Gingerbread Houses

December 13, 2010

On Saturday, one of Alex’s friends had his 5th birthday party at our neighborhood Whole Foods supermarket. It was awesome. The party was in the cooking class room in the front of the grocery store. Keeping with the season, the kids decorated graham cracker houses and gingerbread men. Green plastic bowls filled with candy and frosting covered the work tables. The young sugar architects could use licorice nibs, chocolate chips, M&Ms, gumdrops, candy orange slices, and peppermint shavings to decorate their creations. And somehow the mess magically disappeared at the end!

It turns out the mess was easier to control than Patrick. Not that he was bad at the party. He was just, well, a redhead. For example, while we were waiting for the party to start, Molly told our kids they could snack on the gingerbread decorations. To an adult (i.e., me), she clearly meant for the kids to nibble on one or two things while we waited. Patrick, however, is not known for restraint. He inhaled a quarter of a bowl of candy orange slices before anybody noticed what was going on.

He also showed no patience for the finer points of making graham cracker houses. Such as, for instance, actually making the houses out of graham crackers. Instead, he ate the graham crackers and affixed his gumdrops directly to the house foundation (an animal cracker box).

His best trick, though, was learning how to open the door that lead out of the cooking class room into the rest of the (very crowded) grocery store. The first time he did it, he just stood on the other side of the glass door, staring back at us, grinning. He was waiting for somebody to notice what he’d done. Once I saw him, he took off running.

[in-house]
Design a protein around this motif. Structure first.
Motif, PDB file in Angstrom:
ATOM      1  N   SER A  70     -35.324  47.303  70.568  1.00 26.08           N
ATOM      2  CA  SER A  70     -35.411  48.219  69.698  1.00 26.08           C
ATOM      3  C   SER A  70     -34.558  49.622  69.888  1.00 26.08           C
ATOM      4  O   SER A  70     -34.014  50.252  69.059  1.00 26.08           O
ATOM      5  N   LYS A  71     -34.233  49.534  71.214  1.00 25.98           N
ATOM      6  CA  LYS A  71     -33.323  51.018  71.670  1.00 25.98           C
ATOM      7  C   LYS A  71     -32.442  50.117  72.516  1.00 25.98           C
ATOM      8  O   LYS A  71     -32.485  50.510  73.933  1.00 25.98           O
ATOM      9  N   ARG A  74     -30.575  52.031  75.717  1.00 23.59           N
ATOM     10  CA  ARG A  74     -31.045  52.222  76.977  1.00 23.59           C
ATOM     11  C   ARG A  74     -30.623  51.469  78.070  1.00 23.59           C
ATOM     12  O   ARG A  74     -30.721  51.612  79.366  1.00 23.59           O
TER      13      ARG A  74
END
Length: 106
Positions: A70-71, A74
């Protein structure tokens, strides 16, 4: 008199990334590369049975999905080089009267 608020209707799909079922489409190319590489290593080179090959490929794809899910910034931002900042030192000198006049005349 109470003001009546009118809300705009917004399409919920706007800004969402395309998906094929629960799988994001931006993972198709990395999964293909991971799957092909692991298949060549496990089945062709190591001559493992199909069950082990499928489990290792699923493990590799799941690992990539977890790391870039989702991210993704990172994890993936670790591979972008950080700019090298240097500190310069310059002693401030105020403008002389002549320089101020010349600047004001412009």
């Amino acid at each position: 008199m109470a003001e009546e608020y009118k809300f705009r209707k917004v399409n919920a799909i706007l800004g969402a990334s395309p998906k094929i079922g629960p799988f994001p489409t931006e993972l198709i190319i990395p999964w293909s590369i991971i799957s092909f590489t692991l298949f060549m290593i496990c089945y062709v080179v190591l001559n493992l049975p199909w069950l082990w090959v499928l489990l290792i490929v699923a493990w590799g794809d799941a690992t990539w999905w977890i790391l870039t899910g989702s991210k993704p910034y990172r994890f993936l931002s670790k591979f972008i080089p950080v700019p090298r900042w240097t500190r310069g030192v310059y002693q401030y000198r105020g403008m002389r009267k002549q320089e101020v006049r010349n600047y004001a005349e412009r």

I ran out into the grocery store and brought him back. He escaped again. I brought him back. He escaped. I gave up and just followed him around. He explored the bakery, the salad bar, the frozen food aisle, the wine department, and finally the espresso stand. At that point I picked him up and held him while I ordered a latte for myself… then I put him down and followed him around the grocery store again.

After about 10 minutes, he lost enough interest in the store that I could bring him back to the party without him trying to escape. We enjoyed the rest of the party almost without incident. After the birthday cake was done, Patrick tried one more time to wander through Whole Foods. This time, though, he had a mission. “I buy bananas,” he said. “I be back!” When I tried to follow him through the store, he turned to me, exasperated. “I be back!” He started walking away again, and I kept following him. “I! Be! Back!” he declared. In this version of the game, I wasn’t supposed to follow him… I was just supposed let him go and wait for him to return.

If this was a coming-of-age story, this would be the part where I’d realize that I can’t keep my child safe forever. After all, part of growing up is learning how to navigate the aisles of Whole Foods on your own. But this isn’t a coming-of-age story… it’s a story of a two-year-old at a birthday party. I picked Patrick up and carried him back to the party. He fussed the whole way. Luckily for us, it was soon time for party favors. That took Patrick’s mind off his solitary quest to buy bananas until we got him home, happy and exhausted.






Who, me?